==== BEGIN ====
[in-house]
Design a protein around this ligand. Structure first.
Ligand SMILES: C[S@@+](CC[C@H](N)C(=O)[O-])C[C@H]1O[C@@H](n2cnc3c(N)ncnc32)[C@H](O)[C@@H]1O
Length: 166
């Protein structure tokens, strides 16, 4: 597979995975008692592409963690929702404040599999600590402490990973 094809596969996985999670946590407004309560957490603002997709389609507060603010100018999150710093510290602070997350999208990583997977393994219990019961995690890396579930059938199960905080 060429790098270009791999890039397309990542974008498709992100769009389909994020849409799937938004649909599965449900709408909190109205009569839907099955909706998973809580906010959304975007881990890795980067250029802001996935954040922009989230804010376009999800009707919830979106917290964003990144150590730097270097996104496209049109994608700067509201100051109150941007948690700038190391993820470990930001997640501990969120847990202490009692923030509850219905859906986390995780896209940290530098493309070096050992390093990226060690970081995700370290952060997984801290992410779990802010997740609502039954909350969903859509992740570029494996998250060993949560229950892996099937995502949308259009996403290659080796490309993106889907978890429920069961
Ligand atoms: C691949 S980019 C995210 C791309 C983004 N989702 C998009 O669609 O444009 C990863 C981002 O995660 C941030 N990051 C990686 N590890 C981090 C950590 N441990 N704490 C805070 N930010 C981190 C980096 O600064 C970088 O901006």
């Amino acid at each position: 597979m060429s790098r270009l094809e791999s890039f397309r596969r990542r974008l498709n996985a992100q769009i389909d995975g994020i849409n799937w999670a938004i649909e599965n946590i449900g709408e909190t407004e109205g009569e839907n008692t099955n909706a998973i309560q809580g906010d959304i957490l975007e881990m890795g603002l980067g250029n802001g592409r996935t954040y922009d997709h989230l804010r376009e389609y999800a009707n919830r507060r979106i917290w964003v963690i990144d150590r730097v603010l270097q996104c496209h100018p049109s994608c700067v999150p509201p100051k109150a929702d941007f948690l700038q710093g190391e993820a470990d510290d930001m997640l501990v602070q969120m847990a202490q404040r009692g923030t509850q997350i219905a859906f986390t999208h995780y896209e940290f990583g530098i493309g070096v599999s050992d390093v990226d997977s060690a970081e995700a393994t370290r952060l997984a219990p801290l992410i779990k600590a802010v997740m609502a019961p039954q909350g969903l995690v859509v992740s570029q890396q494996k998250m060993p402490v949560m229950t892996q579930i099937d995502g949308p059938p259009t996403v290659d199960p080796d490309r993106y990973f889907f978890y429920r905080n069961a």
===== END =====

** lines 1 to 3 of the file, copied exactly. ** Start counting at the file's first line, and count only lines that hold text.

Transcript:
[in-house]
Design a protein around this ligand. Structure first.
Ligand SMILES: C[S@@+](CC[C@H](N)C(=O)[O-])C[C@H]1O[C@@H](n2cnc3c(N)ncnc32)[C@H](O)[C@@H]1O